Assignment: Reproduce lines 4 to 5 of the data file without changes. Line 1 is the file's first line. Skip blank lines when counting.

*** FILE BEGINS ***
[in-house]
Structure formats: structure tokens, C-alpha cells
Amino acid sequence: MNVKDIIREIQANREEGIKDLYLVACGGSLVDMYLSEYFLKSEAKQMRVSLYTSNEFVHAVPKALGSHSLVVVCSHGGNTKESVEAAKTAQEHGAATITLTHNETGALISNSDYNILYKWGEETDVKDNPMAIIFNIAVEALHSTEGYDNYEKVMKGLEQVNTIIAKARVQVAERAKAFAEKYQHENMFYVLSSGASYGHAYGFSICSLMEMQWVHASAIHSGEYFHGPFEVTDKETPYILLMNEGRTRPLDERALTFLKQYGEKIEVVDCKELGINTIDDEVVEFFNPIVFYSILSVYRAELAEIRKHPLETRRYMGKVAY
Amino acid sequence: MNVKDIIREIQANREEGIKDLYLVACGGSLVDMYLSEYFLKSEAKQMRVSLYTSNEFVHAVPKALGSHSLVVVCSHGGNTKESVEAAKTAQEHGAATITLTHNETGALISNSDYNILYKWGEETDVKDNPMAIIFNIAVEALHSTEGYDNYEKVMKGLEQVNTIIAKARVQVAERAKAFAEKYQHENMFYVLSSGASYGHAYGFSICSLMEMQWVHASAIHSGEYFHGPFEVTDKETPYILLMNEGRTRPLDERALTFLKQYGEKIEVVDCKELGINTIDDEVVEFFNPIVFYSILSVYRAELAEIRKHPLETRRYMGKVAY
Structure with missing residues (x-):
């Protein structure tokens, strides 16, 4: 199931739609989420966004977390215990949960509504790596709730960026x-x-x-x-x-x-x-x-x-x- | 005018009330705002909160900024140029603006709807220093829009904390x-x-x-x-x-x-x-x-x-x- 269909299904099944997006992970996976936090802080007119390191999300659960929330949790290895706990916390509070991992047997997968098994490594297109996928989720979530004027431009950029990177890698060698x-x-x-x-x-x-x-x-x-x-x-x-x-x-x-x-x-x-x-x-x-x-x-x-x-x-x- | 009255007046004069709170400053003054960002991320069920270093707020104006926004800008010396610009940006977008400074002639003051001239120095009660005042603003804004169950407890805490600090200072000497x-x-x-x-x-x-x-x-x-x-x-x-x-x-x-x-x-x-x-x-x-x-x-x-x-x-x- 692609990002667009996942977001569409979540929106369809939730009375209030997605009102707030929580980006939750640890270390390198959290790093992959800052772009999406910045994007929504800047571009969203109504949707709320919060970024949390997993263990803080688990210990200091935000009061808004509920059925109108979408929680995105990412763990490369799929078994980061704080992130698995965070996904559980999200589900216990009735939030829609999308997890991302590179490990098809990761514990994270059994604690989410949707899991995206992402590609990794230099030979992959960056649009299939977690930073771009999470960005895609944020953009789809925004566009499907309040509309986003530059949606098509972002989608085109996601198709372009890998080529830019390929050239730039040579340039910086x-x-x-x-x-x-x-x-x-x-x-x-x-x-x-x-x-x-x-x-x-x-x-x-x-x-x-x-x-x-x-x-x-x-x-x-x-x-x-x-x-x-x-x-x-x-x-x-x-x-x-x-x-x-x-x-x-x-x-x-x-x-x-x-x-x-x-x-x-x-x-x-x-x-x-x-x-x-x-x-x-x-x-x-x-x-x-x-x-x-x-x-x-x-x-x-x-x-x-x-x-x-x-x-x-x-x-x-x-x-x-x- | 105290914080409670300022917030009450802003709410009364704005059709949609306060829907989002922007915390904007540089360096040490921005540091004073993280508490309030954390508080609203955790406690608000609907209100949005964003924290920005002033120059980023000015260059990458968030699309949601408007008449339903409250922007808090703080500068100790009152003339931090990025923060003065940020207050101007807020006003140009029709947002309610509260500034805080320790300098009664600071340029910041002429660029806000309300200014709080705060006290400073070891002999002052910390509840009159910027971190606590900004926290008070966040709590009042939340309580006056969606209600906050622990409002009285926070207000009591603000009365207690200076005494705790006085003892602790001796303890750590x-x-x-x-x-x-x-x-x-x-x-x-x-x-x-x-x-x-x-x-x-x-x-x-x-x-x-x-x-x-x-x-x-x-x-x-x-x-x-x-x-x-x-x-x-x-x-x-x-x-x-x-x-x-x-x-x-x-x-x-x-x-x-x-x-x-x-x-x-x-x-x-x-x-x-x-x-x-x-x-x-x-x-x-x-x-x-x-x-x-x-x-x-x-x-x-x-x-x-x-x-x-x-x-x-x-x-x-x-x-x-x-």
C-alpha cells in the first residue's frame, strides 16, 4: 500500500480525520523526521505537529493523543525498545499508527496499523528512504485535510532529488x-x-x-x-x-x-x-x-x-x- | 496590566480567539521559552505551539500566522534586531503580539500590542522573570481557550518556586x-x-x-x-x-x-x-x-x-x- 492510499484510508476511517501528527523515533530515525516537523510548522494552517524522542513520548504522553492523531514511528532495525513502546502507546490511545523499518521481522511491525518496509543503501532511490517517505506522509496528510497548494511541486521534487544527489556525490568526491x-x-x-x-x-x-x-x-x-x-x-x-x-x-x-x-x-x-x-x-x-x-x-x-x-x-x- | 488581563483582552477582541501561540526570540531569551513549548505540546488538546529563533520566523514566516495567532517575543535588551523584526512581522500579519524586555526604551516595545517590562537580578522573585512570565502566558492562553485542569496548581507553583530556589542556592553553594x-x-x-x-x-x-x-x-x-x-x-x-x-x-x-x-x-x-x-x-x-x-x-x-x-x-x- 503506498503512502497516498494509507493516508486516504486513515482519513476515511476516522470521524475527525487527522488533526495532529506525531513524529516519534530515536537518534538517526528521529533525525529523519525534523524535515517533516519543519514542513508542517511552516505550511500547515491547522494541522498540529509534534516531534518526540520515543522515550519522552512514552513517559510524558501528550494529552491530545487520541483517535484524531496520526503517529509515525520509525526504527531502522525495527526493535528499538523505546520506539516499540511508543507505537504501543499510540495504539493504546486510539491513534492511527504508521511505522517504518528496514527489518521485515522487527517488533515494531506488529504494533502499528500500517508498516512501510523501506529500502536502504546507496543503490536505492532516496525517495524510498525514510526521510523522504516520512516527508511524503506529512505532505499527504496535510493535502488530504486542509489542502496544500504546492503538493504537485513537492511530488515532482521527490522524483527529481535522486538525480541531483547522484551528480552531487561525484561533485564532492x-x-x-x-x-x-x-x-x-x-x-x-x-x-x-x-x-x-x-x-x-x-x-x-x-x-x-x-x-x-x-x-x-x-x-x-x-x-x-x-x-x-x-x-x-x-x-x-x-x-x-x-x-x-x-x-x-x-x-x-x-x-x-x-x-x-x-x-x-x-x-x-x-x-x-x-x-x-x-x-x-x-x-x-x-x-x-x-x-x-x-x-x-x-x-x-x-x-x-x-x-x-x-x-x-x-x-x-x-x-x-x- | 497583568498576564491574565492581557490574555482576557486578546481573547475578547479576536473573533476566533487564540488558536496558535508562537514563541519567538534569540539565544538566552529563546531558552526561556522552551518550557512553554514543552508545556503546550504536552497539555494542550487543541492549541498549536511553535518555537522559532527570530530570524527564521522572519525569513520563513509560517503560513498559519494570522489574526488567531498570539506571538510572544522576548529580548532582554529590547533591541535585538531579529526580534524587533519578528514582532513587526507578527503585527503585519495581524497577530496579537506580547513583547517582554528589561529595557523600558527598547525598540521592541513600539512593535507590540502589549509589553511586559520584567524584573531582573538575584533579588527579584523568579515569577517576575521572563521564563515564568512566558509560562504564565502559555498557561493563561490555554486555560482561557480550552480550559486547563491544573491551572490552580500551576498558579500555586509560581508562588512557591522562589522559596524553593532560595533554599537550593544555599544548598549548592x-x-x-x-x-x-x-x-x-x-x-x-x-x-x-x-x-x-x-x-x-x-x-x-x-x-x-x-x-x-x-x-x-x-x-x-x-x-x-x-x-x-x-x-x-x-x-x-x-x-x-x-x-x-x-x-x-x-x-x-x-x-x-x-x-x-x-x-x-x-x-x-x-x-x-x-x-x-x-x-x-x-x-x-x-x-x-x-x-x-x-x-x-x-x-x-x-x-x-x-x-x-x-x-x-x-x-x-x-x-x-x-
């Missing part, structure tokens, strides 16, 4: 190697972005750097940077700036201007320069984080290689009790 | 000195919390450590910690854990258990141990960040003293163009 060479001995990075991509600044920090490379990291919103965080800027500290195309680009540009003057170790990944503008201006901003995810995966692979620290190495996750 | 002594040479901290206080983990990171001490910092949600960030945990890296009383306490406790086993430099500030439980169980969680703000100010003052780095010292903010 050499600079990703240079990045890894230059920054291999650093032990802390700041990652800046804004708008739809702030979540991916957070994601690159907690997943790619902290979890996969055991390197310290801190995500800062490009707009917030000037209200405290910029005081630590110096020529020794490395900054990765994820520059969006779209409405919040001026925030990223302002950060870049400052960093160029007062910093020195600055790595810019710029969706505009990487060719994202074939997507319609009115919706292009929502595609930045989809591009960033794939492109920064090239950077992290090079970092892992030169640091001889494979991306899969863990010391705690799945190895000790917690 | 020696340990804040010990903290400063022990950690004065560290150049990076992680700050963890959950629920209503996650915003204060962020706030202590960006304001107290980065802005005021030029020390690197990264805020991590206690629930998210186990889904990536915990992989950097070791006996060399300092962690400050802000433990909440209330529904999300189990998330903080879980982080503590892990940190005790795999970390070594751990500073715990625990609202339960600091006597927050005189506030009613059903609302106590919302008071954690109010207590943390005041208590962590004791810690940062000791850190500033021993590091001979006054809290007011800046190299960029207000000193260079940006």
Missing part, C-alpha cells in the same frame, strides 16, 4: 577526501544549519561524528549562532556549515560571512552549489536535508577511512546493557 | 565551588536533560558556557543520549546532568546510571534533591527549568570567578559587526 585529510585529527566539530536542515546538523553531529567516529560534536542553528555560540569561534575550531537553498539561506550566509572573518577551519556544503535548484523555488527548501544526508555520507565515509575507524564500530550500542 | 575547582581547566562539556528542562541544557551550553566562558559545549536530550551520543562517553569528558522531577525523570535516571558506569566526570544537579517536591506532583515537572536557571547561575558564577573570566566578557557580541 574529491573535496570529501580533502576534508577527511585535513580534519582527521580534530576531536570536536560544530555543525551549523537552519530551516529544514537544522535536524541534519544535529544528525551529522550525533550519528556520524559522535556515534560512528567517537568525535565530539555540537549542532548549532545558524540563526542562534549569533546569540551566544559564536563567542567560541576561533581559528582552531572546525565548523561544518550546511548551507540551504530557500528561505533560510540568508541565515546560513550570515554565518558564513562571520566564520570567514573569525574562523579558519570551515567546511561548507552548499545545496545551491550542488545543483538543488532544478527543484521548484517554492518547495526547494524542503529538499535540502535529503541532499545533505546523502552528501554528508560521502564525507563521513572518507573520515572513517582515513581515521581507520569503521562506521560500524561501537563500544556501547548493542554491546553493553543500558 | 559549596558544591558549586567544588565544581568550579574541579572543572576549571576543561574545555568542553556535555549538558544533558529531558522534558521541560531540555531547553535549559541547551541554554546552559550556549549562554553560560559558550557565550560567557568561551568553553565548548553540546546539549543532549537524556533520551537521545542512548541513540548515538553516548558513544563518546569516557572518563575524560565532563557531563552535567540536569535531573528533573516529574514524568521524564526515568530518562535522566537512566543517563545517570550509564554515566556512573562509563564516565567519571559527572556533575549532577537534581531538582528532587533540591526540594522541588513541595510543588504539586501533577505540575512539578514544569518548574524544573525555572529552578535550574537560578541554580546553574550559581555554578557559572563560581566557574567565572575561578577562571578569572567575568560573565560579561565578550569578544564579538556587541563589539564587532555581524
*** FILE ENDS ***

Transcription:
Amino acid sequence: MNVKDIIREIQANREEGIKDLYLVACGGSLVDMYLSEYFLKSEAKQMRVSLYTSNEFVHAVPKALGSHSLVVVCSHGGNTKESVEAAKTAQEHGAATITLTHNETGALISNSDYNILYKWGEETDVKDNPMAIIFNIAVEALHSTEGYDNYEKVMKGLEQVNTIIAKARVQVAERAKAFAEKYQHENMFYVLSSGASYGHAYGFSICSLMEMQWVHASAIHSGEYFHGPFEVTDKETPYILLMNEGRTRPLDERALTFLKQYGEKIEVVDCKELGINTIDDEVVEFFNPIVFYSILSVYRAELAEIRKHPLETRRYMGKVAY
Structure with missing residues (x-):